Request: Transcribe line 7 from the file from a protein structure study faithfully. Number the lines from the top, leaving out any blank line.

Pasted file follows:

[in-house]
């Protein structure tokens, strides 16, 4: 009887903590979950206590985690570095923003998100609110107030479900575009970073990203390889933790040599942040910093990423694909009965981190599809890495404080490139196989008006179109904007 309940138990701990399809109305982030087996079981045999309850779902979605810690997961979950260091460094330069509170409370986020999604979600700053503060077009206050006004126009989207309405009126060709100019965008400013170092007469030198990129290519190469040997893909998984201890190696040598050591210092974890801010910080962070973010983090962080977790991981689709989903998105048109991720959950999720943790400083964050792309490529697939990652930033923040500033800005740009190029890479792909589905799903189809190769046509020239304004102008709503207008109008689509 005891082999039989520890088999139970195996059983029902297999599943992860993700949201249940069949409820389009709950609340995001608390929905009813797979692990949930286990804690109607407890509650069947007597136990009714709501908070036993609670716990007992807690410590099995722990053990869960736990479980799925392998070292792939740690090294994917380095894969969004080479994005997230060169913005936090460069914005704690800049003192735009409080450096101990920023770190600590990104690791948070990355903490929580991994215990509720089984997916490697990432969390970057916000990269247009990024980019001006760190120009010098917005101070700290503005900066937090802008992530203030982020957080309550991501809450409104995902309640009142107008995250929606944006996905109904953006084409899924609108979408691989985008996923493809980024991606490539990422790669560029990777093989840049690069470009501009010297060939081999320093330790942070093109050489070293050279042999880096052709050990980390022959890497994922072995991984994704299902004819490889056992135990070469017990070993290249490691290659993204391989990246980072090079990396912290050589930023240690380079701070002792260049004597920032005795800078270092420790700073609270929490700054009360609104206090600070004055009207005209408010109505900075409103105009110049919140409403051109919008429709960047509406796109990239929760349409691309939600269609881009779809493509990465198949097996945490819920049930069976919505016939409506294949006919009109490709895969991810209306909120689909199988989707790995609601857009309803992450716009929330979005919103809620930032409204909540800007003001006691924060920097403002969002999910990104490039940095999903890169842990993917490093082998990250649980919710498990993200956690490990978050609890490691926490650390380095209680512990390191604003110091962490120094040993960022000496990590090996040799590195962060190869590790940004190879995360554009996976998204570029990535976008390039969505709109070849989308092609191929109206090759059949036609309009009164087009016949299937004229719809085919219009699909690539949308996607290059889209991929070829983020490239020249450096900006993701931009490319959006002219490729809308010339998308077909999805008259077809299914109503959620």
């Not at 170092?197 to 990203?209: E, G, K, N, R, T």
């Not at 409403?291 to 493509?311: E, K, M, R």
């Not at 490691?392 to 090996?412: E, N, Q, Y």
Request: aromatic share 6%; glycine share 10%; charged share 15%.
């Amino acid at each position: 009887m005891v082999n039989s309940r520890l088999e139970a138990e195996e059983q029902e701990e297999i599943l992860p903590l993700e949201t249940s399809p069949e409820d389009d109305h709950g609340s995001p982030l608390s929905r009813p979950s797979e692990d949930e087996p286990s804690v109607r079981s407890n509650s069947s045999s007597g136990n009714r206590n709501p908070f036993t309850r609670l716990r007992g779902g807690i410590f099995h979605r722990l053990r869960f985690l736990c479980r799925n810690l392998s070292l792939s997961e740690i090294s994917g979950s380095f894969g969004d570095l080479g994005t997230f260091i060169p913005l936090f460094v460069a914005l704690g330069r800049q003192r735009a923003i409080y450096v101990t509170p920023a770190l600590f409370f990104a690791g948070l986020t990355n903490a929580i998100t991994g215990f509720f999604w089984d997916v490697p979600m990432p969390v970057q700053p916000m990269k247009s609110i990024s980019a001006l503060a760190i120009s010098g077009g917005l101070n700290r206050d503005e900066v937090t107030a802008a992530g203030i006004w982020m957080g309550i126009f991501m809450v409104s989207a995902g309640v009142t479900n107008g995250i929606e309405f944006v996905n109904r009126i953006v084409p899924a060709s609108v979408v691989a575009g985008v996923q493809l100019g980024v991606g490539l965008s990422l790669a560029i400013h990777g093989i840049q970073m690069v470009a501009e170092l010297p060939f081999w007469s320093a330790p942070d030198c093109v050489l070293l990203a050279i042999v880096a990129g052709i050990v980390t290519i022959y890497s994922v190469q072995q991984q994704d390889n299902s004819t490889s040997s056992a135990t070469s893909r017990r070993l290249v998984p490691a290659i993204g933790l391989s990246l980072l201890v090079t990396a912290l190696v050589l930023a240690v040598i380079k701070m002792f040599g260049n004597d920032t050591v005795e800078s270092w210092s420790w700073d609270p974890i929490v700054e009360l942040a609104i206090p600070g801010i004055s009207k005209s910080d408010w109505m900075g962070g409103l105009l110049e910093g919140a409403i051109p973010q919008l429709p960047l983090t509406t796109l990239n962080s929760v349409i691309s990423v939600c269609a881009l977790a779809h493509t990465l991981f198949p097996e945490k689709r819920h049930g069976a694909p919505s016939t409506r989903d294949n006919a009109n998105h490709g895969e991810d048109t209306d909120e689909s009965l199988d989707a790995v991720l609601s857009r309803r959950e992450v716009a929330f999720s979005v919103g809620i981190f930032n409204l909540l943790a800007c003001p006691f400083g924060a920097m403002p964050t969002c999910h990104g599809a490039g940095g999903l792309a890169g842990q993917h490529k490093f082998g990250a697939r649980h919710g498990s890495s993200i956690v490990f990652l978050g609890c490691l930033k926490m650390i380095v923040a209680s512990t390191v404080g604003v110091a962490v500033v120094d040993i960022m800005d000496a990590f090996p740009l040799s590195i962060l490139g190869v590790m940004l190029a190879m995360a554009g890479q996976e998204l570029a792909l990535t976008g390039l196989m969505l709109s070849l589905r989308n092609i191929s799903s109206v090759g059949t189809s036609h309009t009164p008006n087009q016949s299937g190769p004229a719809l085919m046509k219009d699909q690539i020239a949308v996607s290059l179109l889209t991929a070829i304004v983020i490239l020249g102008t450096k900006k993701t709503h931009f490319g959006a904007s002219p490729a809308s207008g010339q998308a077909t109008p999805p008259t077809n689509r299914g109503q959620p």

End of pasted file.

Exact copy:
């Amino acid at each position: 009887m005891v082999n039989s309940r520890l088999e139970a138990e195996e059983q029902e701990e297999i599943l992860p903590l993700e949201t249940s399809p069949e409820d389009d109305h709950g609340s995001p982030l608390s929905r009813p979950s797979e692990d949930e087996p286990s804690v109607r079981s407890n509650s069947s045999s007597g136990n009714r206590n709501p908070f036993t309850r609670l716990r007992g779902g807690i410590f099995h979605r722990l053990r869960f985690l736990c479980r799925n810690l392998s070292l792939s997961e740690i090294s994917g979950s380095f894969g969004d570095l080479g994005t997230f260091i060169p913005l936090f460094v460069a914005l704690g330069r800049q003192r735009a923003i409080y450096v101990t509170p920023a770190l600590f409370f990104a690791g948070l986020t990355n903490a929580i998100t991994g215990f509720f999604w089984d997916v490697p979600m990432p969390v970057q700053p916000m990269k247009s609110i990024s980019a001006l503060a760190i120009s010098g077009g917005l101070n700290r206050d503005e900066v937090t107030a802008a992530g203030i006004w982020m957080g309550i126009f991501m809450v409104s989207a995902g309640v009142t479900n107008g995250i929606e309405f944006v996905n109904r009126i953006v084409p899924a060709s609108v979408v691989a575009g985008v996923q493809l100019g980024v991606g490539l965008s990422l790669a560029i400013h990777g093989i840049q970073m690069v470009a501009e170092l010297p060939f081999w007469s320093a330790p942070d030198c093109v050489l070293l990203a050279i042999v880096a990129g052709i050990v980390t290519i022959y890497s994922v190469q072995q991984q994704d390889n299902s004819t490889s040997s056992a135990t070469s893909r017990r070993l290249v998984p490691a290659i993204g933790l391989s990246l980072l201890v090079t990396a912290l190696v050589l930023a240690v040598i380079k701070m002792f040599g260049n004597d920032t050591v005795e800078s270092w210092s420790w700073d609270p974890i929490v700054e009360l942040a609104i206090p600070g801010i004055s009207k005209s910080d408010w109505m900075g962070g409103l105009l110049e910093g919140a409403i051109p973010q919008l429709p960047l983090t509406t796109l990239n962080s929760v349409i691309s990423v939600c269609a881009l977790a779809h493509t990465l991981f198949p097996e945490k689709r819920h049930g069976a694909p919505s016939t409506r989903d294949n006919a009109n998105h490709g895969e991810d048109t209306d909120e689909s009965l199988d989707a790995v991720l609601s857009r309803r959950e992450v716009a929330f999720s979005v919103g809620i981190f930032n409204l909540l943790a800007c003001p006691f400083g924060a920097m403002p964050t969002c999910h990104g599809a490039g940095g999903l792309a890169g842990q993917h490529k490093f082998g990250a697939r649980h919710g498990s890495s993200i956690v490990f990652l978050g609890c490691l930033k926490m650390i380095v923040a209680s512990t390191v404080g604003v110091a962490v500033v120094d040993i960022m800005d000496a990590f090996p740009l040799s590195i962060l490139g190869v590790m940004l190029a190879m995360a554009g890479q996976e998204l570029a792909l990535t976008g390039l196989m969505l709109s070849l589905r989308n092609i191929s799903s109206v090759g059949t189809s036609h309009t009164p008006n087009q016949s299937g190769p004229a719809l085919m046509k219009d699909q690539i020239a949308v996607s290059l179109l889209t991929a070829i304004v983020i490239l020249g102008t450096k900006k993701t709503h931009f490319g959006a904007s002219p490729a809308s207008g010339q998308a077909t109008p999805p008259t077809n689509r299914g109503q959620p």